When I compare vertical, I use mountainvertical.com, which aims for true vertical not just distance from base to summit.  I don't know if the acreage from OnTheSnow for BK and Plattekill includes all the skiable trees or not.

 

BLUE

1082 vert, 164 acres

 

CAMELBACK

800 vert, 160 acres

 

ELK

1000 vert, 146 acres

 

MONTAGE

1000 vert, 140 acres

 

PLATTEKILL *

1100 vert, 110 acres

 

LIBERTY

600 vert, 100 acres

 

ROUNDTOP

600 vert, 103 acres

 

WHITETAIL

895 vert, 120 acres

 

BLUE KNOB *

1072 vert, 84 acres

post #35 of 45
Quote:
Originally Posted by XLTL View Post
 
Quote:
Originally Posted by marznc View Post


Will be at Roundtop on Sat, Feb. 28 because a group of Ski Divas have a meet up that day.

I hear Roundtop is a nice small resort, but I've never been there. I'll be at Hidden Valley or Seven Springs that day with wife, daughter, and her boyfriend. The boyfriend is a never-ever beginner and my daughter is a snow plower attending Pitt. I'll be getting them lessons to start the day while we cruise around the resort to check it out since I've never been to either. Still trying to decide which resort will be better. They appear to have the same owner and linked websites with similar beginner terrain and lesson packages. I really want the boyfriend (future son-in-law?) to fall in love with skiing so my daughter will get with the family program.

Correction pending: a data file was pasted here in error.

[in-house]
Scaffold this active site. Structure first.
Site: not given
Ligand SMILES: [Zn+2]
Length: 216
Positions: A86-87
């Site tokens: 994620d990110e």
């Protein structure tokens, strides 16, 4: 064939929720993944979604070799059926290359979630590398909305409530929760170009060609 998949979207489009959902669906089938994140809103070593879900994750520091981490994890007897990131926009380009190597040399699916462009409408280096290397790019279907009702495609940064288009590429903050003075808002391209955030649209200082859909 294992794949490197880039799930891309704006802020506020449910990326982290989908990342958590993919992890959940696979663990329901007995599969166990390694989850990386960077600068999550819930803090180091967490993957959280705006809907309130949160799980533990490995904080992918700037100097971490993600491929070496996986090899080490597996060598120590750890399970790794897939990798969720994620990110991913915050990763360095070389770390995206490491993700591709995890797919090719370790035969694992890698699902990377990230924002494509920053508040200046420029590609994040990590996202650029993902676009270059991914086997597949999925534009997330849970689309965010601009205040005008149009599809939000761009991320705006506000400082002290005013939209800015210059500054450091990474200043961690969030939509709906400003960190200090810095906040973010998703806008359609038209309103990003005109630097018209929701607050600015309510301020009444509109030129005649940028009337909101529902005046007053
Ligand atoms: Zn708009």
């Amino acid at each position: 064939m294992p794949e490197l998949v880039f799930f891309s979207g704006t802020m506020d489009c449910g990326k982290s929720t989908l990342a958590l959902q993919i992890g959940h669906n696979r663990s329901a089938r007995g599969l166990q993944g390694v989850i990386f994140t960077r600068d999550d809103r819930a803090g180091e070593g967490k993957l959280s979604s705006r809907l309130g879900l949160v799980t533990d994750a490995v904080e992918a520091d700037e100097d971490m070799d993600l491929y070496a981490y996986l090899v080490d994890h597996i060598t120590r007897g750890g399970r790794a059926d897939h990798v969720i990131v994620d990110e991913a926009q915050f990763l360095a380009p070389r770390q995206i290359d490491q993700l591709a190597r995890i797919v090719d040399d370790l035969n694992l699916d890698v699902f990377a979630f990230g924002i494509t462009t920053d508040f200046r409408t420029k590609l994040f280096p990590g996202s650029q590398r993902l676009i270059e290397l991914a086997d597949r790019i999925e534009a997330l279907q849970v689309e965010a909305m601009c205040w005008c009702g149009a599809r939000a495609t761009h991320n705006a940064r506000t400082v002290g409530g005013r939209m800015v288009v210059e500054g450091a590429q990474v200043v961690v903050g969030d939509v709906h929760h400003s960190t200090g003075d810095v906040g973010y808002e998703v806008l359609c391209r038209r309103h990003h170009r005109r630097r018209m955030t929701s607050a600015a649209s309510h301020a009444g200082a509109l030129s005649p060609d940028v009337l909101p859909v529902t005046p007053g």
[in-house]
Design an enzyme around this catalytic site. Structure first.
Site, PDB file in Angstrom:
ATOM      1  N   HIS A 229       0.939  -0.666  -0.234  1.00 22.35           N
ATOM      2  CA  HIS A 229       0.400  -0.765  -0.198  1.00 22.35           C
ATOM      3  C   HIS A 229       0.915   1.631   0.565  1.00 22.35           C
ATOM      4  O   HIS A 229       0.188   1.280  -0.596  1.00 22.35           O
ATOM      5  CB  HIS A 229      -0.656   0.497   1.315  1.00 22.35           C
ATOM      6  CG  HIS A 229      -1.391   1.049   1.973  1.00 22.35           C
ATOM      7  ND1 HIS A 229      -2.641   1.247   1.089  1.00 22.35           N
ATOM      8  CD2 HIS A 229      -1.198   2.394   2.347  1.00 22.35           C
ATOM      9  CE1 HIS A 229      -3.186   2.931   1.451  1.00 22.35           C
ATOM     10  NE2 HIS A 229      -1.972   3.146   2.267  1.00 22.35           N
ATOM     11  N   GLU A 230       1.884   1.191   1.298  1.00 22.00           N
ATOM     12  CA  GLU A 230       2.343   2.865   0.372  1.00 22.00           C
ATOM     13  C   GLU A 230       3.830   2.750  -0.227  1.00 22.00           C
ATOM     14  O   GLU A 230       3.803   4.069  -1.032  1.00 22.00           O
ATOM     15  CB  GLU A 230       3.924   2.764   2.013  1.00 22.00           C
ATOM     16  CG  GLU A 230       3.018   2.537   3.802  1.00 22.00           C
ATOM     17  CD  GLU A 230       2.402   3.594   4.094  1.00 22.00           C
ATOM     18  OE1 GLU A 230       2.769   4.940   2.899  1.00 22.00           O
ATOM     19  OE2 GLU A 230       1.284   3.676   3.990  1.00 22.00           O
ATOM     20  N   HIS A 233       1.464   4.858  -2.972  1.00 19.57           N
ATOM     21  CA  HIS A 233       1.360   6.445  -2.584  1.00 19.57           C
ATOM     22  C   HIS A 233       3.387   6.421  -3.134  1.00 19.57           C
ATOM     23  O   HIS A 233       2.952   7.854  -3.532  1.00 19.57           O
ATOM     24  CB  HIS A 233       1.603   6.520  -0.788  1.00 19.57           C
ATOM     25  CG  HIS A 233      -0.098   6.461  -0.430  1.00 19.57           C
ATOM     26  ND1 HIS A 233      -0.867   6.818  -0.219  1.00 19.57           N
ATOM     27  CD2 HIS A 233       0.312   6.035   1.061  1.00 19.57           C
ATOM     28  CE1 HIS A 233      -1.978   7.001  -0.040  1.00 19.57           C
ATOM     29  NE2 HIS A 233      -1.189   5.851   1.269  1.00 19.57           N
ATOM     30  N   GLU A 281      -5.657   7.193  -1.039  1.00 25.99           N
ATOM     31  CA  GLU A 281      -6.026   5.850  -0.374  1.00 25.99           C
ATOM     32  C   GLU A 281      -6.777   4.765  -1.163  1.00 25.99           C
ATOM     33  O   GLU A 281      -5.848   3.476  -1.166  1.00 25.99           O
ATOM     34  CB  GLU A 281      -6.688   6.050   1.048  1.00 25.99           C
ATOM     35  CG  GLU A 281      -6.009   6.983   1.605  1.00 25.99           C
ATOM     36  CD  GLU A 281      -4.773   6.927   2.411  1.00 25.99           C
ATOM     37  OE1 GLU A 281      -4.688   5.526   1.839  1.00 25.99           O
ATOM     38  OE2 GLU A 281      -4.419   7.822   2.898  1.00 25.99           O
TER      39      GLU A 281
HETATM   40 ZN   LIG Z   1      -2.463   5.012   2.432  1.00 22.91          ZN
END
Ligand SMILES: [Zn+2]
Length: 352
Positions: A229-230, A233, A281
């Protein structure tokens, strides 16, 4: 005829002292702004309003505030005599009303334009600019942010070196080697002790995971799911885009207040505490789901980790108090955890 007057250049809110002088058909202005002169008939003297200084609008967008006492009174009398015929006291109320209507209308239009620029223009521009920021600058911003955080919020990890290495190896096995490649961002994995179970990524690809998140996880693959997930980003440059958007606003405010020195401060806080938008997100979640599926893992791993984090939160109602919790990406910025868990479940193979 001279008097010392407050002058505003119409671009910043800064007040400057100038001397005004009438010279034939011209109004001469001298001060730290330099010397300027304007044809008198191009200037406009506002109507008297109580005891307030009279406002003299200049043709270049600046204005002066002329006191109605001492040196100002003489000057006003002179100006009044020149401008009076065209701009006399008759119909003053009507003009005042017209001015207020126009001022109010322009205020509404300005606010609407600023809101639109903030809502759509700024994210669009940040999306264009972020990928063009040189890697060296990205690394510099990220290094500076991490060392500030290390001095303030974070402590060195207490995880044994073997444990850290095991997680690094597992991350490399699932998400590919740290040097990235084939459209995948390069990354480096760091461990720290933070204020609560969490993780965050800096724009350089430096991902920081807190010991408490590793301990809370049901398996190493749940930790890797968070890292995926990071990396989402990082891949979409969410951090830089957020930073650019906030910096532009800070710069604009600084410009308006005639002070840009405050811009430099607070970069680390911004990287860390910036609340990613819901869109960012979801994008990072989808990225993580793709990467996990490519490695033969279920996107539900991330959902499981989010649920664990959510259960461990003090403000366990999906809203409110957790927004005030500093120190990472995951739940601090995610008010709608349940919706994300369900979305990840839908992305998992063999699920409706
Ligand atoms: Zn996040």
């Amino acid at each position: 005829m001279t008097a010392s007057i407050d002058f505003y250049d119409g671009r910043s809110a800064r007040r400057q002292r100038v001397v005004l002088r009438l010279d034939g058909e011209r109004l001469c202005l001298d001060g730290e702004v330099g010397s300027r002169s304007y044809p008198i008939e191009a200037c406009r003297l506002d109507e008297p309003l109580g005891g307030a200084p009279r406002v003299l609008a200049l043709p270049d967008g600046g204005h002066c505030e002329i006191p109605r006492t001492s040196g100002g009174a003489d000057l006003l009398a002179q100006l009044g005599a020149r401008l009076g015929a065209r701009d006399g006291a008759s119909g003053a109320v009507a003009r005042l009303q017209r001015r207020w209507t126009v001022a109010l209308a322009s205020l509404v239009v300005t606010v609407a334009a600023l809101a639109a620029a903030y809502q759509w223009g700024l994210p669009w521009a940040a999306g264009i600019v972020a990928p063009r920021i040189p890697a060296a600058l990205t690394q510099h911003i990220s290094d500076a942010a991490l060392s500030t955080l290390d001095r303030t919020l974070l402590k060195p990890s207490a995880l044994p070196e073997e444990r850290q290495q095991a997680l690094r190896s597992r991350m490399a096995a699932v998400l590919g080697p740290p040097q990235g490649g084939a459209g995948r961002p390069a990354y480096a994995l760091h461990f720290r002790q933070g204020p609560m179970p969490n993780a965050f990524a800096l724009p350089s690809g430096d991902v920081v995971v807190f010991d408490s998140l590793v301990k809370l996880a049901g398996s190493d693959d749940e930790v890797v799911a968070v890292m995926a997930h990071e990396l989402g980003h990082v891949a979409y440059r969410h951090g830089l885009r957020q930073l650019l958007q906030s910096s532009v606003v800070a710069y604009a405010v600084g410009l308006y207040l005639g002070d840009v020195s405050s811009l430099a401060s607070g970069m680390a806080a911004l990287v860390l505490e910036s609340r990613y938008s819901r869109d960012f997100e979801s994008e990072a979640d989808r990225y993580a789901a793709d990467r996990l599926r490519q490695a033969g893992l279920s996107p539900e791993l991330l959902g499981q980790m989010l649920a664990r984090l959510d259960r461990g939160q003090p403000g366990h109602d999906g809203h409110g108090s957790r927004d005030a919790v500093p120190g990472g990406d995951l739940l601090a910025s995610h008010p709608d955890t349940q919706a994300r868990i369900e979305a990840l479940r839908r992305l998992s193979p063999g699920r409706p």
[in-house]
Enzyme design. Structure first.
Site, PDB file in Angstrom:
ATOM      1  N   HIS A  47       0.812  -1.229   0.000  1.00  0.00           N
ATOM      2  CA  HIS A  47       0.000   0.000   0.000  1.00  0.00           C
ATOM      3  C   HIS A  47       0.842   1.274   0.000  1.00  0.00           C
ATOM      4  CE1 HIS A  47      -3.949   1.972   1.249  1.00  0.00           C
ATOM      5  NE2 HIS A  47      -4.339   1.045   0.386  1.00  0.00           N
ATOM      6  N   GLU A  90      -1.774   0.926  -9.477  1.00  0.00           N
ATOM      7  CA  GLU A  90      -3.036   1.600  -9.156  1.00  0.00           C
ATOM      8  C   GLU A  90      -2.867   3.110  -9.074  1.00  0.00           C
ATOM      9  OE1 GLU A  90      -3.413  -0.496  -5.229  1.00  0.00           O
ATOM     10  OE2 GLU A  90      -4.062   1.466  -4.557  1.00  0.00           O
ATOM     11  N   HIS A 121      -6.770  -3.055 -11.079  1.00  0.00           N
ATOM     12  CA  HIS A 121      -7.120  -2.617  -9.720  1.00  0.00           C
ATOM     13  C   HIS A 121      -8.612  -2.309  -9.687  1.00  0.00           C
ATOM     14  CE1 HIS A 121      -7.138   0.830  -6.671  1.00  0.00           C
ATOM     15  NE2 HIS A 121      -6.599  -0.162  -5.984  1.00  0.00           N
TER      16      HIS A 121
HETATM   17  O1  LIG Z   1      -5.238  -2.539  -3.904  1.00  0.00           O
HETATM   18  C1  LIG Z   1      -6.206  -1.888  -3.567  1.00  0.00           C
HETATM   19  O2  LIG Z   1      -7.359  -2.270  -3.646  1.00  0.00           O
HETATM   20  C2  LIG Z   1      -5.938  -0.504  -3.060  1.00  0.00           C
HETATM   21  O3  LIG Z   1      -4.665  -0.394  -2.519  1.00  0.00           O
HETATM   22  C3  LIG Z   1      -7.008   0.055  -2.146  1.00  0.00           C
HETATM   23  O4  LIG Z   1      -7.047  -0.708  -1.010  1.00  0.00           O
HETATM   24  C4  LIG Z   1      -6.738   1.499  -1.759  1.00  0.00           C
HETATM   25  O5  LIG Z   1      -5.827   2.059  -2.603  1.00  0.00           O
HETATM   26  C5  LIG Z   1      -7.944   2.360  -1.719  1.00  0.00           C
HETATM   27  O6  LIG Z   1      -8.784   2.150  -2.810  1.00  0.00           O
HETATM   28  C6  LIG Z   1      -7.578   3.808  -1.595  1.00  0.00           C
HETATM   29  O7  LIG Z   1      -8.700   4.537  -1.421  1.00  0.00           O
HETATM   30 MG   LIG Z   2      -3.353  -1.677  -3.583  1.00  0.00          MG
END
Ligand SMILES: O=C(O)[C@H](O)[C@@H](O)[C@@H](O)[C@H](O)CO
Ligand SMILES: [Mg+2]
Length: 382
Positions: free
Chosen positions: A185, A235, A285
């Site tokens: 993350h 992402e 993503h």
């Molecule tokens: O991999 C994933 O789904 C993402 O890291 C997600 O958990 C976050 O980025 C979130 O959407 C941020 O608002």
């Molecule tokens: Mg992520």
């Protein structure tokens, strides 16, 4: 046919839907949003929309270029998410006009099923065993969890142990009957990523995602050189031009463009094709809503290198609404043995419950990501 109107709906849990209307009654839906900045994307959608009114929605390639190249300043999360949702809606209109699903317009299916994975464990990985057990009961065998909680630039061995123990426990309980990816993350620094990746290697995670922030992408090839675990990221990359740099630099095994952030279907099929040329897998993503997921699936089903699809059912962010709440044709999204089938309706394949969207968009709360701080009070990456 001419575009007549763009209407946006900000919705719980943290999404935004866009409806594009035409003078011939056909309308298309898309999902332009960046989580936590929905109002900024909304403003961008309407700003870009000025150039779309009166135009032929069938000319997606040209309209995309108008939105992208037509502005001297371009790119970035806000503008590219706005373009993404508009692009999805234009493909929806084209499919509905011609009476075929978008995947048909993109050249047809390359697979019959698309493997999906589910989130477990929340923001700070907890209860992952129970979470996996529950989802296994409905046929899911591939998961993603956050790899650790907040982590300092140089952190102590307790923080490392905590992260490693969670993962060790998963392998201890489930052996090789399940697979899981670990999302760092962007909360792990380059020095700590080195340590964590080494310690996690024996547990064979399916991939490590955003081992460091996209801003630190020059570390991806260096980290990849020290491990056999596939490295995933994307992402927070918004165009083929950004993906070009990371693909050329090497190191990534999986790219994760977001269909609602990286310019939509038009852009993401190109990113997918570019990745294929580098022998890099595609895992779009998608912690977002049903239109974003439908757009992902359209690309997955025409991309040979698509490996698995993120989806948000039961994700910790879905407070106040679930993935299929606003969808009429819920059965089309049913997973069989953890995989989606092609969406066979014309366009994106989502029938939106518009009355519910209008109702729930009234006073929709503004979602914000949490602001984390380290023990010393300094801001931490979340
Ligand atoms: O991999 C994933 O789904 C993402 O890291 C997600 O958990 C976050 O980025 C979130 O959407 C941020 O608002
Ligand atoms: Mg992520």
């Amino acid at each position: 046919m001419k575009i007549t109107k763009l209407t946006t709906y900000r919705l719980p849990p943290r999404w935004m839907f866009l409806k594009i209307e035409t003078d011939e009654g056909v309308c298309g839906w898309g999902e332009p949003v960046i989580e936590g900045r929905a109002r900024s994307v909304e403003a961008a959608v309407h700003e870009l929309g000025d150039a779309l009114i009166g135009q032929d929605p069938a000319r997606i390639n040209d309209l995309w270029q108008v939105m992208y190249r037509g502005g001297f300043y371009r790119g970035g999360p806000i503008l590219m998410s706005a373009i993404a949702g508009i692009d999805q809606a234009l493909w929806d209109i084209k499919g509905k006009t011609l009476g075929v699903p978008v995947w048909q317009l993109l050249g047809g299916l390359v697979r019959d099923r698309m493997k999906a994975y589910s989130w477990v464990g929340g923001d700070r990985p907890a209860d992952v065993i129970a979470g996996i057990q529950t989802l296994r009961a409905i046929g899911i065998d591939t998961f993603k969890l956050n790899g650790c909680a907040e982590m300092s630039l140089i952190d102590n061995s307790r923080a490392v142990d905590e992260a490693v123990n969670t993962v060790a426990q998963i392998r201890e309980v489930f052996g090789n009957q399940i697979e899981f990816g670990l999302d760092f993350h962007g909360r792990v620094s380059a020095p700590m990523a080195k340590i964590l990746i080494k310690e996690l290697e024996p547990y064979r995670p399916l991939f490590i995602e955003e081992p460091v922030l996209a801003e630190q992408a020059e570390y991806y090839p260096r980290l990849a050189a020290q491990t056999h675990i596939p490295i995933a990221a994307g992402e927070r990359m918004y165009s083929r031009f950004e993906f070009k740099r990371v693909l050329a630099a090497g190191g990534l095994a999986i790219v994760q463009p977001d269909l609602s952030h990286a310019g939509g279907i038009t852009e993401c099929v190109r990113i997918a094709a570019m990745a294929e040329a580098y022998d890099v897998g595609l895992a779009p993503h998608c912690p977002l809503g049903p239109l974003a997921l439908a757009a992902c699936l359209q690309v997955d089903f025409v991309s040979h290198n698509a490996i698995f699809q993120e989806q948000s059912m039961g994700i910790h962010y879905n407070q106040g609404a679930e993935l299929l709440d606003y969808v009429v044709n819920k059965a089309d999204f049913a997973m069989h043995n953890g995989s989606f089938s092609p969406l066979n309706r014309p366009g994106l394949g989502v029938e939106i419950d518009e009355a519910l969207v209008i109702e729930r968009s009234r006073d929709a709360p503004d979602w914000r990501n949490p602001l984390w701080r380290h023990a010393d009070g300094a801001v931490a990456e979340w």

For weekends, I've heard that Hidden Valley is the better choice for less crowded slopes.  Especially if riding the beginner lift.  Paging @Laurel Hill Crazie for advice.

 

Roundtop is where my friends from the DC area go on Saturdays because it's just a bit farther out than Liberty or Whitetail for enough people that the place is less crowded.  I liked the layout.  All of the Snowtime resorts are run fairly well.  Only serious issue I've heard about are holiday weekends when conditions are really good so that too many people show up at the rental counter at the same time.